Mango: Health Benefits, Nutritional Value and Uses

Mango: Health Benefits, Nutritional Value and Uses

Mango (Mangifera indica) is known as the “King of Fruits” in various regions worldwide.

It’s a drupe or stone fruit, so it has a huge seed in the center. It is indigenous to India and Southeast Asia, and it has been grown for over 4,000 years. There are hundreds of varieties, each with its own distinct flavor, shape, size, and color.

Mango is not only tasty, but it also has a high nutritional value. Here are ten advantages, as well as an explanation of its nutritional value and some recommendations on how to consume it.

For centuries, mangos have been an important crop in India. Today, these colorful, sweet fruits are a staple of Indian cuisine and are well-known across the world. Depending on the kind, they can weigh anywhere from a few ounces to more than five pounds.

Health Benefits

The vitamins, minerals, and antioxidants included in mangos can provide considerable health benefits. Vitamin K, for example, promotes blood coagulation and protects against anemia. It also contributes significantly to bone strength. They are also high in vitamin C, which is necessary for the formation of blood vessels and good collagen, as well as for healing.

Mangos can also give other health advantages such as:

Reduced Cancer Risk

Mangos contain a lot of beta-carotene, which is the pigment that gives the fruit its yellow-orange color. Beta-carotene is one of the several antioxidants found in mangos. Antioxidants have been shown to fight free radicals, which can harm cells and potentially lead to cancer.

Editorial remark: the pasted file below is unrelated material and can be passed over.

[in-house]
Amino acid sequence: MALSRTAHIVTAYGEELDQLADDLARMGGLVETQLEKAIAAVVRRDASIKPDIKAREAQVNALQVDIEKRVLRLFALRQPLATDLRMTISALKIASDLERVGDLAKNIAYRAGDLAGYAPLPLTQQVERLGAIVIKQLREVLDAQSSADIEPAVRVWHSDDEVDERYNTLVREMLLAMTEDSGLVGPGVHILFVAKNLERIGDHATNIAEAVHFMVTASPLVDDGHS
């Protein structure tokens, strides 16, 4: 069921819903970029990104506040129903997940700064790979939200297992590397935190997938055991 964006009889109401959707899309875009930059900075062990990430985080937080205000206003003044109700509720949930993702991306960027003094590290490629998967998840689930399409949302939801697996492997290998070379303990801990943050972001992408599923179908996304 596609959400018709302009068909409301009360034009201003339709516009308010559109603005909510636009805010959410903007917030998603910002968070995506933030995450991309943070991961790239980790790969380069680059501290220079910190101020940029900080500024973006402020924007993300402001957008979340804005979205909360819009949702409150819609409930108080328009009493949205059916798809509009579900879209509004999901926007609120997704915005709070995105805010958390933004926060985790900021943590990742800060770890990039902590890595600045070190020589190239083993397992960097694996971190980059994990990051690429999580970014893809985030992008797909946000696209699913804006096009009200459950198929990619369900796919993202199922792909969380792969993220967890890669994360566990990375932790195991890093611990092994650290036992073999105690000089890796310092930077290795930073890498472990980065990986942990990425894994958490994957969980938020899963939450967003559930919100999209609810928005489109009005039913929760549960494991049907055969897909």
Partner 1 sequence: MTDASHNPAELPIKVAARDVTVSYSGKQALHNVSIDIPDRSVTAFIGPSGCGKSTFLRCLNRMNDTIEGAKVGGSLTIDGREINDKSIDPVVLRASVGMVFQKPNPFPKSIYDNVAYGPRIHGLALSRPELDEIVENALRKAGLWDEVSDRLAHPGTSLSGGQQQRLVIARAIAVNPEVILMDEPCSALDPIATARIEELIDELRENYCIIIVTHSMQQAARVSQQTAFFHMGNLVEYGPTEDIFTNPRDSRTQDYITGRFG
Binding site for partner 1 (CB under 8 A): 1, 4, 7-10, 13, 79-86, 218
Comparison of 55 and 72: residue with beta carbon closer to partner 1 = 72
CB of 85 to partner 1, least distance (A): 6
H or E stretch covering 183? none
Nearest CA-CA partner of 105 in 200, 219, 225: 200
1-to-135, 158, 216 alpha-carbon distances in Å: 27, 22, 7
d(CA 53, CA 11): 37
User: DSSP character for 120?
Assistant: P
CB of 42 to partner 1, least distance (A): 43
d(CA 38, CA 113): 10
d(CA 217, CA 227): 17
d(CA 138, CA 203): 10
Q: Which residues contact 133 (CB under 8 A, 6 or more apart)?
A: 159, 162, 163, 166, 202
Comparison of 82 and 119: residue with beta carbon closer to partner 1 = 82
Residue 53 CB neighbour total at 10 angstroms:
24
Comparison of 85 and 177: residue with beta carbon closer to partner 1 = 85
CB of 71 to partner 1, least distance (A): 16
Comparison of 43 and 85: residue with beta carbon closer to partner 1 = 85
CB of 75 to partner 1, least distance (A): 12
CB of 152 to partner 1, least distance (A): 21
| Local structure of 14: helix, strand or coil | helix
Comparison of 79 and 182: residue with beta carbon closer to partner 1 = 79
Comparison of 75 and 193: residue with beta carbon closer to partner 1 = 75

Heart Health

Mangos are also beneficial to your cardiovascular system. They are high in magnesium and potassium, both of which are associated with decreased blood pressure and a regular pulse. Furthermore, they contain a chemical known as mangiferin, which preliminary research suggests may be able to lower cardiac inflammation.

Digestive Health

Mangoes may help keep your digestive system in balance. They include amylase compounds and dietary fiber, which help in avoiding constipation. Amylase molecules can help with other meal digestion by breaking down difficult carbs. Meanwhile, the fiber in manggos may be more beneficial than equal fiber supplements in alleviating constipation.

Diabetes prevention

When compared to other fresh fruits, fresh mango has a comparatively high natural sugar content, with approximately 22 grams per cup.
You would believe that this is concerning for persons who have metabolic diseases like diabetes or who are attempting to reduce their sugar consumption.
However, there is no evidence that eating fresh manggo can cause diabetes.

Indeed, several studies have linked a larger diet of fresh fruit to a decreased overall risk of diabetes. There hasn’t been much investigation into the precise association between fresh mango and diabetes.
However, one research discovered that persons who had 10 grams of freeze-dried manggo every day for 12 weeks achieved considerable weight loss.